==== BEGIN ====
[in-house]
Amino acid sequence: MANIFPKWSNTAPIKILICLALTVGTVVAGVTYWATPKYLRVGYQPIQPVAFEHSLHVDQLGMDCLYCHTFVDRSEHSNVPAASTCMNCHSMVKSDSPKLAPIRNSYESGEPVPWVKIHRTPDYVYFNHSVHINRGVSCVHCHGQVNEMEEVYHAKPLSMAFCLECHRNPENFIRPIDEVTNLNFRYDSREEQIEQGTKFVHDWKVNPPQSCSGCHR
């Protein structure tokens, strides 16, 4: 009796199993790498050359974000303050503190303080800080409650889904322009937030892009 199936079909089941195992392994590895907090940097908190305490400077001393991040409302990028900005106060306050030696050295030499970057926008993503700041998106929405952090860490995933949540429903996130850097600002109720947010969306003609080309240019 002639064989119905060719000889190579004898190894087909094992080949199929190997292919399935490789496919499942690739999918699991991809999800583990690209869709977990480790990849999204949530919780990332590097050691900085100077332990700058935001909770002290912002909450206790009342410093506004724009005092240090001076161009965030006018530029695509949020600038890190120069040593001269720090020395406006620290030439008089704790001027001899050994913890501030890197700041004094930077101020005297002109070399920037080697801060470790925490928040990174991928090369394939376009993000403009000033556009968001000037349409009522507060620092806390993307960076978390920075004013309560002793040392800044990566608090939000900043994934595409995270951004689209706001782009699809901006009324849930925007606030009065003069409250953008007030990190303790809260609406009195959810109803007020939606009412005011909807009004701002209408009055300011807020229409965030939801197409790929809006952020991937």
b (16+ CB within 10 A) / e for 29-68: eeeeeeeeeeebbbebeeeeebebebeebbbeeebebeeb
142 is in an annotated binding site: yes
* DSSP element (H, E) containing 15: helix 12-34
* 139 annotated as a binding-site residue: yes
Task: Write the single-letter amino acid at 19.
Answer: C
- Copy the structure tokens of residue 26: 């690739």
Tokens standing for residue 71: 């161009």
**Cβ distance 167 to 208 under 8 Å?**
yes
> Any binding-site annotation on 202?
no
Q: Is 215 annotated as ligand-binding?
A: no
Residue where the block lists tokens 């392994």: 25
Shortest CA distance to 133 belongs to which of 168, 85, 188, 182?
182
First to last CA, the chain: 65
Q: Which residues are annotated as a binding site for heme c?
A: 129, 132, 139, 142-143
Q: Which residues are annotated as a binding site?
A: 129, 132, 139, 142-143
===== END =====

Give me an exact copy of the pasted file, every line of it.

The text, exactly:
[in-house]
Amino acid sequence: MANIFPKWSNTAPIKILICLALTVGTVVAGVTYWATPKYLRVGYQPIQPVAFEHSLHVDQLGMDCLYCHTFVDRSEHSNVPAASTCMNCHSMVKSDSPKLAPIRNSYESGEPVPWVKIHRTPDYVYFNHSVHINRGVSCVHCHGQVNEMEEVYHAKPLSMAFCLECHRNPENFIRPIDEVTNLNFRYDSREEQIEQGTKFVHDWKVNPPQSCSGCHR
């Protein structure tokens, strides 16, 4: 009796199993790498050359974000303050503190303080800080409650889904322009937030892009 199936079909089941195992392994590895907090940097908190305490400077001393991040409302990028900005106060306050030696050295030499970057926008993503700041998106929405952090860490995933949540429903996130850097600002109720947010969306003609080309240019 002639064989119905060719000889190579004898190894087909094992080949199929190997292919399935490789496919499942690739999918699991991809999800583990690209869709977990480790990849999204949530919780990332590097050691900085100077332990700058935001909770002290912002909450206790009342410093506004724009005092240090001076161009965030006018530029695509949020600038890190120069040593001269720090020395406006620290030439008089704790001027001899050994913890501030890197700041004094930077101020005297002109070399920037080697801060470790925490928040990174991928090369394939376009993000403009000033556009968001000037349409009522507060620092806390993307960076978390920075004013309560002793040392800044990566608090939000900043994934595409995270951004689209706001782009699809901006009324849930925007606030009065003069409250953008007030990190303790809260609406009195959810109803007020939606009412005011909807009004701002209408009055300011807020229409965030939801197409790929809006952020991937």
b (16+ CB within 10 A) / e for 29-68: eeeeeeeeeeebbbebeeeeebebebeebbbeeebebeeb
142 is in an annotated binding site: yes
* DSSP element (H, E) containing 15: helix 12-34
* 139 annotated as a binding-site residue: yes
Task: Write the single-letter amino acid at 19.
Answer: C
- Copy the structure tokens of residue 26: 């690739």
Tokens standing for residue 71: 């161009």
**Cβ distance 167 to 208 under 8 Å?**
yes
> Any binding-site annotation on 202?
no
Q: Is 215 annotated as ligand-binding?
A: no
Residue where the block lists tokens 């392994």: 25
Shortest CA distance to 133 belongs to which of 168, 85, 188, 182?
182
First to last CA, the chain: 65
Q: Which residues are annotated as a binding site for heme c?
A: 129, 132, 139, 142-143
Q: Which residues are annotated as a binding site?
A: 129, 132, 139, 142-143